Imagine a situation where you are sat on your sofa using a laptop to find interesting videos on the web. The laptop is great for this as it is close and you can get a lot of information onto the screen, you also have the keyboard and mouse so navigating options is very useful. Now you've found the video you might hit a snag, what happens if you prefer to play it on that nice big television that is only a few feed from you, instead of the smaller screen of the laptop? Sadly there is often no easy way to do this, but the team over at Ericsson Labs have been working on a solution: Web Device Connectivity (WDC), a solution designed to bring media devices in the home closer to the web by combining the power of the DLNA standard with a web API.
I've been using Rockbox, which is an open source replacement firmware for various MP3 players, for some time and really like it. My Apple iPod Video was a treat to myself, somewhere to put my large-ish music collection so I could enjoy it on the go. After a while though it seemed to get slow, it lost its shine a little. It was time to give it a fresh lease of life with some open source firmware that would bring new features (including the ability to play OGG format files), more customisation, and easier file transfer. Rockbox is available for many MP3 players and older iPods.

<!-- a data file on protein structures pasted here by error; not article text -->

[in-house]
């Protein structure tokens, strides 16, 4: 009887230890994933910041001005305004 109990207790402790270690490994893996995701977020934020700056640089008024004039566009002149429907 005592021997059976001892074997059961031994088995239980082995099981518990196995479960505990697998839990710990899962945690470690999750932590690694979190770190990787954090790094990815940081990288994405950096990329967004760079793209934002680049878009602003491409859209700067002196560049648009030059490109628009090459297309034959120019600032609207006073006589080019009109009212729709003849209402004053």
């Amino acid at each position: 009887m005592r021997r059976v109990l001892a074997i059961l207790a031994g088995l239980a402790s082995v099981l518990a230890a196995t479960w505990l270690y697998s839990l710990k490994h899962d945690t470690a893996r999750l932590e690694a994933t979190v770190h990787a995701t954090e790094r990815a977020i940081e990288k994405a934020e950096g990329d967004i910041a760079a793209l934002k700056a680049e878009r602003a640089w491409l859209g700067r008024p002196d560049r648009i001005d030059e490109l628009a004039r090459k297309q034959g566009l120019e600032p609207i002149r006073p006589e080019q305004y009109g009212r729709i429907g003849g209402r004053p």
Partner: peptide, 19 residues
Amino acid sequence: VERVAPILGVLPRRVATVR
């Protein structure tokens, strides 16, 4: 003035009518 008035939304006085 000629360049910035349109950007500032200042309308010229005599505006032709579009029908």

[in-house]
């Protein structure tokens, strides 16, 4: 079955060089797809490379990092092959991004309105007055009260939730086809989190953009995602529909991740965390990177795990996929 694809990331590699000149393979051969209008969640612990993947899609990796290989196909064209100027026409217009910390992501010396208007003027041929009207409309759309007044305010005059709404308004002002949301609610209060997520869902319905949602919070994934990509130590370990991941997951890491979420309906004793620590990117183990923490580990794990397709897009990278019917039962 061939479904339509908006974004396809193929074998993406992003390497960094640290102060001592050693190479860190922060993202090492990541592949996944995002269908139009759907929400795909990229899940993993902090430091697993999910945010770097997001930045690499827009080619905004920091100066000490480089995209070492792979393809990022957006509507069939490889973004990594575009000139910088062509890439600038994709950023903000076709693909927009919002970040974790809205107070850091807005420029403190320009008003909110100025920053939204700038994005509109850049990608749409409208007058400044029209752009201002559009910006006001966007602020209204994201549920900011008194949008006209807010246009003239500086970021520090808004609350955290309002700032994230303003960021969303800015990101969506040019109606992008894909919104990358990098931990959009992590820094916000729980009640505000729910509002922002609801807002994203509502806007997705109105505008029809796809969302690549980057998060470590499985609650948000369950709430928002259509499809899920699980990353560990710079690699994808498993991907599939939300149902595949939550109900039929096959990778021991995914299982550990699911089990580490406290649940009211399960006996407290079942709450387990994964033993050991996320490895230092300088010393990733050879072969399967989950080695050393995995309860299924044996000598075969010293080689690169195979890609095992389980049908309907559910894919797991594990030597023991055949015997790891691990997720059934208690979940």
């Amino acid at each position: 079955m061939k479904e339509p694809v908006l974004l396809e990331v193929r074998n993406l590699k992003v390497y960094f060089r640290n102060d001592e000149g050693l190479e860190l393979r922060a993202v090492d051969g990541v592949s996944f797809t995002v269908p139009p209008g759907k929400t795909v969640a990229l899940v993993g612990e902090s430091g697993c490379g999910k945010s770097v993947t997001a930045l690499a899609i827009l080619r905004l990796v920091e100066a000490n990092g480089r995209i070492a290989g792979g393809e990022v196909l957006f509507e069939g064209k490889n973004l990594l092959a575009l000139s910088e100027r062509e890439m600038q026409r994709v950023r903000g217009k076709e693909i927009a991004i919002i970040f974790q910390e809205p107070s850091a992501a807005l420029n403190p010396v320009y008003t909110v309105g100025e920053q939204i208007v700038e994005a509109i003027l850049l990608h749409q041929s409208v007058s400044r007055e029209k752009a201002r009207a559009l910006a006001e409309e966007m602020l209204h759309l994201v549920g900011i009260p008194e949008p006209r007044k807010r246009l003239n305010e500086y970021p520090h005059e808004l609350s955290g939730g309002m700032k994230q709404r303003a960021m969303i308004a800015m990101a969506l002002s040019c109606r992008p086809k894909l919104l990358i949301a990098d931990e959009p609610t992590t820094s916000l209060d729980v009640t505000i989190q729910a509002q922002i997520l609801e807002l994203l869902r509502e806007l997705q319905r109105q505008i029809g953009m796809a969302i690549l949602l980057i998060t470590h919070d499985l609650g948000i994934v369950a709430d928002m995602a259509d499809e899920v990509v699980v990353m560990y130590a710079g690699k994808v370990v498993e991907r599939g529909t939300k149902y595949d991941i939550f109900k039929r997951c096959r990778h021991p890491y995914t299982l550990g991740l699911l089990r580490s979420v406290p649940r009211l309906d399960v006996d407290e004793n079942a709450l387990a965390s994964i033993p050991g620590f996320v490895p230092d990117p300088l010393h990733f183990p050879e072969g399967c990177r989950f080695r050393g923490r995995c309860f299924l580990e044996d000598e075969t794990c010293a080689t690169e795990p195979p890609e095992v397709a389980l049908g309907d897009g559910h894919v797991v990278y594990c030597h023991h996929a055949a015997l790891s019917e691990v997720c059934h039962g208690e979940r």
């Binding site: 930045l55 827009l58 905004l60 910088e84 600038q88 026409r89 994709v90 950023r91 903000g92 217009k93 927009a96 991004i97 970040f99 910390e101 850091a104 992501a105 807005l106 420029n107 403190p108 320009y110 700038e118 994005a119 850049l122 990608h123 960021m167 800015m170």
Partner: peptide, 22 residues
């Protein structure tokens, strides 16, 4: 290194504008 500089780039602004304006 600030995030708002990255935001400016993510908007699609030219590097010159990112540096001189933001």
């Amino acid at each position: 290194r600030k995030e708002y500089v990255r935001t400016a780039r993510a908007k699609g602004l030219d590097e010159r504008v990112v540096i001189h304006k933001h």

One of the joys of using an open source operating system like Ubuntu is that you can experiment with all sorts of ideas and not worry about constantly purchasing software or coming up against artificial limitations. By chaining some open source packages together we can do some quite interesting things, so it is fun sometimes to try a challenge. In this post I will show you how to take a text RSS feed and make it into an Internet radio broadcast that can be received on a dedicated device, so instead of being stuck in front of a screen you can catch up with your RSS feeds while sunbathing in the garden! The solution here is not intended to be production ready, and might be tough going for beginners, but the idea is it will give a basic overview which you can then go and experiment with. I'll be using Icecast2 to stream the broadcast, Ices to feed Icecast2 with files to broadcast, Espeak to generate text to speech audio files and a small custom PHP script to convert the text feed into a format suitable for ESpeak.
Often when we talk about Linux it is often in the context of a computer enthusiast, a person who enjoys finding out what open source technology can do for them, or maybe people looking to solve particular problems and get up and running with particular software or hardware.